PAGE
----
Recycling - BIMCO Bulletin

Recycling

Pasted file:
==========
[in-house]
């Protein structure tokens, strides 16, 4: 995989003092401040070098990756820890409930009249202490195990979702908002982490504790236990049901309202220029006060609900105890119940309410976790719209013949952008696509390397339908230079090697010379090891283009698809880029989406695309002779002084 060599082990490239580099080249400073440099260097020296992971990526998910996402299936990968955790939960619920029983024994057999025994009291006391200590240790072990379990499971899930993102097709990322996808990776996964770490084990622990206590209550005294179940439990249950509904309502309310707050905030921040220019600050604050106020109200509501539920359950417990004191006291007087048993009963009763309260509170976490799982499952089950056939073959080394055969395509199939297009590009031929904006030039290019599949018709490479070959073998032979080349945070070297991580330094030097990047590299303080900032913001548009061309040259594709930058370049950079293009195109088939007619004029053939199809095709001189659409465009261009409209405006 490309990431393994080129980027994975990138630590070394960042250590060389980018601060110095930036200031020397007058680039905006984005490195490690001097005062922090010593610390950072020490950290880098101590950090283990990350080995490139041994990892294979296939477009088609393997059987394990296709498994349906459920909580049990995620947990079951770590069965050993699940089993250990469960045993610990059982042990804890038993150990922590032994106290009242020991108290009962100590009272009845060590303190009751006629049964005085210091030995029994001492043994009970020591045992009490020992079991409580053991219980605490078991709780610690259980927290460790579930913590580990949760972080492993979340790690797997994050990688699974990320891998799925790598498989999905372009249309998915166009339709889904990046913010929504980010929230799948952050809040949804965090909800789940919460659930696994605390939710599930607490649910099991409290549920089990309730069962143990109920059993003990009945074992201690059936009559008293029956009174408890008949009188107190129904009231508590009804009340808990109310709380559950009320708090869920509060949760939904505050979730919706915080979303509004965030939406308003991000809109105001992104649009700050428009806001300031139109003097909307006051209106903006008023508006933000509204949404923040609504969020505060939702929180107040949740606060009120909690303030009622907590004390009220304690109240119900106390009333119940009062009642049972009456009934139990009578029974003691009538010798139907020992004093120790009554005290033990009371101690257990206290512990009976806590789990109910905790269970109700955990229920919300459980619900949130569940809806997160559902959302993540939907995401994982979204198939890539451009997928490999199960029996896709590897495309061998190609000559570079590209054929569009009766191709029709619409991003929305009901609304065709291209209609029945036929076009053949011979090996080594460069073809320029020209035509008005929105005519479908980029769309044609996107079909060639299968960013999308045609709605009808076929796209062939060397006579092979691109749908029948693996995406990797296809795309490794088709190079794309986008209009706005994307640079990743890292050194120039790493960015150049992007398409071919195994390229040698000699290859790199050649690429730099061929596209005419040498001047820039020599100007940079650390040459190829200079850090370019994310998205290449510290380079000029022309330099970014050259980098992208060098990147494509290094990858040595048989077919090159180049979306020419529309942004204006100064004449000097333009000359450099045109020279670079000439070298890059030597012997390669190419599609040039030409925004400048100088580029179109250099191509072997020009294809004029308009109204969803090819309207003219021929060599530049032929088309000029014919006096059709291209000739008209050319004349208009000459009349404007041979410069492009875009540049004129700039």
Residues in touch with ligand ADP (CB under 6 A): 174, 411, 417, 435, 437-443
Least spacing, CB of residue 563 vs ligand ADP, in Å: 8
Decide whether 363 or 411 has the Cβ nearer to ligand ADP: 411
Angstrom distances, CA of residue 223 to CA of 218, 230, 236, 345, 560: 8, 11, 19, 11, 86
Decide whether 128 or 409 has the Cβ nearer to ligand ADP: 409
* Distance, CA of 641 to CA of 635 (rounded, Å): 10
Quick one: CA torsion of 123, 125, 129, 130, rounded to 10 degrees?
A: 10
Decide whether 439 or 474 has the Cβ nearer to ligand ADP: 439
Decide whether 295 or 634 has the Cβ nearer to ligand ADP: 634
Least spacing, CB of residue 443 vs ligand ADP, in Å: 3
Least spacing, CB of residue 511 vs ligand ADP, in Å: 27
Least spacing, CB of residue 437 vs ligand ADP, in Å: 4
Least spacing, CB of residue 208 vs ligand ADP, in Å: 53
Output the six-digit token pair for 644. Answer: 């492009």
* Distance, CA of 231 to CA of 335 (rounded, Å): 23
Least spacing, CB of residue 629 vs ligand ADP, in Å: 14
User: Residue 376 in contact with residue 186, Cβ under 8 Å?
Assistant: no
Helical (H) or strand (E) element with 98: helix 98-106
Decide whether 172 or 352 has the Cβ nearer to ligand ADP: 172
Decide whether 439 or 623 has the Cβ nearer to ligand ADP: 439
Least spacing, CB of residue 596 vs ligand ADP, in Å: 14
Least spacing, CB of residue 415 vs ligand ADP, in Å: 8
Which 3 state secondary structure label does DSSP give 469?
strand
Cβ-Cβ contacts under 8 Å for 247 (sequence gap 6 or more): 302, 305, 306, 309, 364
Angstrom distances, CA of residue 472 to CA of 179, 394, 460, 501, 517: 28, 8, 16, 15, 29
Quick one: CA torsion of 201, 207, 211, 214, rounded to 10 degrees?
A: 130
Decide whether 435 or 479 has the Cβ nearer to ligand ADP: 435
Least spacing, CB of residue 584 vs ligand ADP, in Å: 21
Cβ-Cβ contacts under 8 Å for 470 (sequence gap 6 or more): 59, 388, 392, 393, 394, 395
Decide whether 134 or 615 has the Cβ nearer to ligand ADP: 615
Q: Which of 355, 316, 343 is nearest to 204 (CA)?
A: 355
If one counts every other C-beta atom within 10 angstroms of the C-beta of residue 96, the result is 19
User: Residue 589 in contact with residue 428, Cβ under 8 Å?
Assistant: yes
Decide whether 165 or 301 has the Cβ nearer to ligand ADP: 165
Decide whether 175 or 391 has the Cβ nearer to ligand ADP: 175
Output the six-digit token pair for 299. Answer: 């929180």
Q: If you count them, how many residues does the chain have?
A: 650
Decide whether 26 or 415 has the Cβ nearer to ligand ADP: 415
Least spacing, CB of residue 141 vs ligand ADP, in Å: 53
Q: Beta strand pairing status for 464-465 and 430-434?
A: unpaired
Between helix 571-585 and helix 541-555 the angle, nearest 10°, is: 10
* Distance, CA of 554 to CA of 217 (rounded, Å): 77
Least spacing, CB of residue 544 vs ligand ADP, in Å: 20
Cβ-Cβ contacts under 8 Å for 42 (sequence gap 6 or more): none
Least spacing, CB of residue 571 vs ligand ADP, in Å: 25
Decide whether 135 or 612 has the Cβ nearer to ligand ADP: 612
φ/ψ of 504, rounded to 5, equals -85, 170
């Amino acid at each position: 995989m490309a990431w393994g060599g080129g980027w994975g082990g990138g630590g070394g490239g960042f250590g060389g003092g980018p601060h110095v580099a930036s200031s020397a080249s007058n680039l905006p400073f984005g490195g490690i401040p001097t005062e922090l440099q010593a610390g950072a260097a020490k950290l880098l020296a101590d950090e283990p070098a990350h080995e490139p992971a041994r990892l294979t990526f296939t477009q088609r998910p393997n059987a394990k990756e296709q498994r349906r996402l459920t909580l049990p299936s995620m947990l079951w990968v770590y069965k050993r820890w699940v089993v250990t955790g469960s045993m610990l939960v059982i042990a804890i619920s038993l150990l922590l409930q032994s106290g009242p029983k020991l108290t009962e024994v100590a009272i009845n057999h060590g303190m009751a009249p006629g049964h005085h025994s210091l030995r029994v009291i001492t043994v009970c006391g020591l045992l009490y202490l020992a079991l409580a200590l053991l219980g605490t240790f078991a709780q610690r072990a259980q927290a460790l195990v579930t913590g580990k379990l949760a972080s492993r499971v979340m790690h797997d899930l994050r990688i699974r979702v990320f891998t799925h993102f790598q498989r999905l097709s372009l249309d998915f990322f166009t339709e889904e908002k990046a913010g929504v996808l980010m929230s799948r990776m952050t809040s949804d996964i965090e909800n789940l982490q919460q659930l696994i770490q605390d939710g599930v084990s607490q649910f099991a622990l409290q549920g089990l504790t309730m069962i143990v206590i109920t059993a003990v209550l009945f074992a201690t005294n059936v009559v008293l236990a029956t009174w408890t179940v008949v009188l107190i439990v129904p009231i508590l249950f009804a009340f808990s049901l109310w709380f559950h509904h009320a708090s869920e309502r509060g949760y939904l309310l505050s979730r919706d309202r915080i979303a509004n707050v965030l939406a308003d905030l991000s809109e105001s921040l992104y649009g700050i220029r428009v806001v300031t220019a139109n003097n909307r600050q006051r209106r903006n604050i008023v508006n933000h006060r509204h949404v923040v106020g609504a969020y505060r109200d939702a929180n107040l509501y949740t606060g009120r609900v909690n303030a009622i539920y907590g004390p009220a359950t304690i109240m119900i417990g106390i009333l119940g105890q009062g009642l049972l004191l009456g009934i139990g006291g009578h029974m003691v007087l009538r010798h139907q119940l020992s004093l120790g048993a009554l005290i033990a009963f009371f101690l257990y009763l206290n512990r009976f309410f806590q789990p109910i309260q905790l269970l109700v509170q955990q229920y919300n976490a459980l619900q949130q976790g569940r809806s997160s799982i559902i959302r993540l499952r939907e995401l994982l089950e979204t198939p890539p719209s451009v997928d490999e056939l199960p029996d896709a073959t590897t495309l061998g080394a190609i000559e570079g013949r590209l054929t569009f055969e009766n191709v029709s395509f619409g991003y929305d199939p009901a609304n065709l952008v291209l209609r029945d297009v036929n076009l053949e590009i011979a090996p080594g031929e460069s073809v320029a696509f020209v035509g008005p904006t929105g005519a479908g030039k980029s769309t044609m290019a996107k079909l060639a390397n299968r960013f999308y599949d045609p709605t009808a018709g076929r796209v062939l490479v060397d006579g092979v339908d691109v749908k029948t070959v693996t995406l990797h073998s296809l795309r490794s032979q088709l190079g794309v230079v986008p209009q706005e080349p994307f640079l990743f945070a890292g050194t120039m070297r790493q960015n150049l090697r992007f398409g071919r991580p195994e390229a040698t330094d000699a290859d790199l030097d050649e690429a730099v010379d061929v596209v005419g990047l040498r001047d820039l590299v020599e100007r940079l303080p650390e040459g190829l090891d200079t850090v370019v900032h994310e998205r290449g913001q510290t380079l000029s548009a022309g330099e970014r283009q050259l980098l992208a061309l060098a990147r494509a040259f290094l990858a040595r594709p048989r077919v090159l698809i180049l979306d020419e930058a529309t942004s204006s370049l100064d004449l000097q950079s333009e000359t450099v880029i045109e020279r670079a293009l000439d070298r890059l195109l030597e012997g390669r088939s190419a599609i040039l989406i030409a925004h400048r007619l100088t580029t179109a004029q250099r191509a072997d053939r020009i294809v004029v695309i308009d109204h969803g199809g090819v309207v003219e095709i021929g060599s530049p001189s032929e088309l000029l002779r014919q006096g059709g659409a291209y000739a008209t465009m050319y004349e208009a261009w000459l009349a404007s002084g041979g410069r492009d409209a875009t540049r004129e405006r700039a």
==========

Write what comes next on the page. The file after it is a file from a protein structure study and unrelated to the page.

REGULATION March 2020 Crunch time for ship recycling regulation By Craig Eason, Journalist and event host Many shipowners are still unaware of quite how much detail the mandatory European inventory requires Photo (top): Adobe Stock / pryc1969 If Bangladesh and China follow India’s lead and ratify the Hong Kong International Convention for the safe and environmentally sound recycling of ships, the countdown to it coming into force will begin. Regardless of what happens, the industry must first deal with regional regulations from the EU and the challenge of producing compliant inventories for hazardous materials. India has now acceded to the International Maritime Organization’s (IMO’s) ship recycling convention, and Bangladesh is set to follow suit within the next two to four years, according to its government officials. It is also rumoured that China could ratify the convention later this year. Bringing the Hong Kong Convention into force in the coming years, pushes a number of requirements onto shipowners dealing with end-of-life tonnage, as well as the global ship recycling community that has to make sure it is up to scratch. The convention controls how a ship can be recycled and at what type of approved facility. It also requires owners to have a full inventory of hazardous material onboard. But before the convention comes into force, the shipping industry will first have to deal with the regional regulations of the EU’s own Ship Recycling Regulation. Inventories ready by next year, no easy task In a similar way to the Hong Kong Convention, the EU Ship Recycling Regulation also has a key requirement for shipowners and operators to ensure their vessels have a valid inventory of hazardous materials onboard; it must be kept updated right until when the vessel is sold for recycling. Importantly, all ships under European flags, and any entering European ports, must have this inventory up-to-date and confirmed by the end of 2020. The list of substances and materials that need to be recorded is similar, but not identical, to that of the Hong Kong Convention. That is a tough requirement, according to Inventory of Hazardous Materials (IHM) expert Henning Gramann of GSR Services, a Germany-based company specialising in such inventories and compliance with both recycling regulations. Gramann is concerned many shipowners are still unaware of quite how much detail the mandatory European inventory requires. For any certification to be valid, he says, it takes time and effort to get right. He sees many owners going to companies that offer IHM inventory certification at prices that he believes are impossible to deliver. He points, for example, to the detailed testing for asbestos and other harmful materials that is needed, and the requirement to know how much material is in every onboard component, from fire doors and engine parts, to insulation and paint finishes. For some clients, Gramann has had to contact suppliers asking for component material inventories to check for hazards. He believes some suppliers may even have to go to second and third-tier suppliers to track down the exact composition of various products. Not all suppliers are helpful, while others just don’t have the means, says Gramann, and this could be problematic for owners seeking to be compliant. Once the EU IHM certificate requirements come into force on 1 January 2021, it is unlikely to be long before the Paris Memorandum of Understanding pushes member states to launch a detailed inspection campaign to check for compliance, as has happened in the past once new rules have been introduced. India and China In 2019, India acceded to the Hong Kong Convention, following years of effort to improve the condition of the country’s ship recycling facilities. Nikos Mikelis is an environmental consultant who has been working with the IMO for many years and has detailed knowledge of the convention. He is also one of the experts critical of the European regulations, which he thinks have helped delay the development of Asian facilities and the coming into force of the Hong Kong Convention. The Hong Kong Convention will only come into force two years after at least 15 IMO member states have ratified or acceded to it, and those that have done so have a combined 40% of the world fleet by gross tonnage. The maximum annual recycling volume of those countries is also not to be less than 3% of the combined tonnage of the ratifying states. India was the 15th state to sign up to the convention, which means only the second and third requirements now need to be met. India, Bangladesh, Pakistan and China have been the four largest recyclers in recent years, followed by Turkey. While China’s ship recycling industry has virtually stopped, because of a self-imposed ban on import of waste three years ago, should the country ratify or accede to the convention, it would ensure the final two requirements are met and bring the convention into force two years later. This is because the size of its flagged fleet is large enough to reach the 40% target, and because the convention requirements on recycling capacity is a rolling average over the past 10 years. With China’s historically high recycling volumes, it would ensure this requirement is also met. Bangladesh When it comes to Bangladesh, its government has brought in regulations to improve the country’s ship recycling industry and a mandate to ratify the convention within two to four years, according to government sources. The IMO, backed by funds from Norway – the first nation to ratify the Hong Kong Convention – has a work programme in Bangladesh helping with health and safety training, building up recycling yards and helping create ship recycling facility plans, a requirement under the convention. It is also helping with another key obstacle in Bangladesh: the safe disposal of hazardous waste in the yards. The country currently has no adequate waste disposal infrastructure. Once Bangladesh or China ratify the Hong Kong Convention, bringing it into force, it will put pressure on owners to ensure they have their inventories for hazardous materials and other required documentation up to scratch, and force them to use yards that have also done likewise in improving their services. Mikelis says all this could pose a huge problem for Pakistan, the last of the four recycling countries yet to respond to a changing market. Connect with BIMCO Facebook Twitter Linkedin YouTube Bringing the Hong Kong Convention into force in the coming years, pushes a number of requirements onto shipowners Craig Eason is a business journalist, editor, photographer, event moderator and public speaker. He reports on the transformation of the shipping industry and has been covering the regulatory framework, technological developments and social and environmental impact of shipping for 15 years. Craig is editorial director of Fathom World, a provider of news and information relating to the changes in the maritime sector, and former Deputy Editor of Lloyd’s List. Photo (top): Adobe Stock / pryc1969